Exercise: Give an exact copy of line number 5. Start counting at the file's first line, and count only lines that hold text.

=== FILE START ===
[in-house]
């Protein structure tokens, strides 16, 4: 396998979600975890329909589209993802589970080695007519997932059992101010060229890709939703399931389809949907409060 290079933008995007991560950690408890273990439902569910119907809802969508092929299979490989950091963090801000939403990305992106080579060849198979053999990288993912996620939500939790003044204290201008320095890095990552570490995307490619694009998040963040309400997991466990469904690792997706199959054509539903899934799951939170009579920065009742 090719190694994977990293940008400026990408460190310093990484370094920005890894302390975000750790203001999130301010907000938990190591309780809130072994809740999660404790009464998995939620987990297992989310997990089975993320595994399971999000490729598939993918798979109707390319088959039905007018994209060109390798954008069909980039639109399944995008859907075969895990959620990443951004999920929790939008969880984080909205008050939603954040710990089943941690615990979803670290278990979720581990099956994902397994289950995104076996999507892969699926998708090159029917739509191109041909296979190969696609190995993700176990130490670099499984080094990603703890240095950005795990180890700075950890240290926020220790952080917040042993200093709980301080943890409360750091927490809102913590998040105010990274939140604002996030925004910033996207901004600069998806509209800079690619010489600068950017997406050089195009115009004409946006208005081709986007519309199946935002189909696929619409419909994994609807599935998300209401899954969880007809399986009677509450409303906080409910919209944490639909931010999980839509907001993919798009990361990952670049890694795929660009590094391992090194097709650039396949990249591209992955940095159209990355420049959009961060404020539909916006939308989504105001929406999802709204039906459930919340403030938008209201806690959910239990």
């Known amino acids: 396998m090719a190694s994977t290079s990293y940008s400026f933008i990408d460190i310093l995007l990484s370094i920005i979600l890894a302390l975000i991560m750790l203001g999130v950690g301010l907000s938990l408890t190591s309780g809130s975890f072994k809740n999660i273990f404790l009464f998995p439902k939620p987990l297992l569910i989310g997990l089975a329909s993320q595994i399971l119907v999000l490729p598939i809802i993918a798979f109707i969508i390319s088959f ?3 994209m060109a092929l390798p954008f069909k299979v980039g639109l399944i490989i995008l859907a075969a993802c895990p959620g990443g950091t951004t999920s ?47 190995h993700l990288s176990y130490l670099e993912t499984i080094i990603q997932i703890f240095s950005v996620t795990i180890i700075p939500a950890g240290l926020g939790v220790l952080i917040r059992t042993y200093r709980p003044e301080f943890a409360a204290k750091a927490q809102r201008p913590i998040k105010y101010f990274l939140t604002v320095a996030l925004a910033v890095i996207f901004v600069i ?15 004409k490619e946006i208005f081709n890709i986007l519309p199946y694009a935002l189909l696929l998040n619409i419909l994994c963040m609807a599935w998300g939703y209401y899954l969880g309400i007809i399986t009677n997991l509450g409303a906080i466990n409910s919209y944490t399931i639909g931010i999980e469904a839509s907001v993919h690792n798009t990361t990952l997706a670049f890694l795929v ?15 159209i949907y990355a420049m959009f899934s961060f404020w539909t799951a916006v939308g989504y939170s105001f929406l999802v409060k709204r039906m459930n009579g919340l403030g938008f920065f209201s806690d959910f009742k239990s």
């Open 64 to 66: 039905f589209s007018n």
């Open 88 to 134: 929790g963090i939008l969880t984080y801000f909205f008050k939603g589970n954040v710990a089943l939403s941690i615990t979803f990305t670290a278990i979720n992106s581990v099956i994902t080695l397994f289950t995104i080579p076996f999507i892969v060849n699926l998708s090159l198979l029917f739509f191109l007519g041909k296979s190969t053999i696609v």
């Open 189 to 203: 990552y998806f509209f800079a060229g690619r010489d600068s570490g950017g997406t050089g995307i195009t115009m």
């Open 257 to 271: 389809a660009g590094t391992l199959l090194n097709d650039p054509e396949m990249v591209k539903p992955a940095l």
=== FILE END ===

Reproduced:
């Open 88 to 134: 929790g963090i939008l969880t984080y801000f909205f008050k939603g589970n954040v710990a089943l939403s941690i615990t979803f990305t670290a278990i979720n992106s581990v099956i994902t080695l397994f289950t995104i080579p076996f999507i892969v060849n699926l998708s090159l198979l029917f739509f191109l007519g041909k296979s190969t053999i696609v």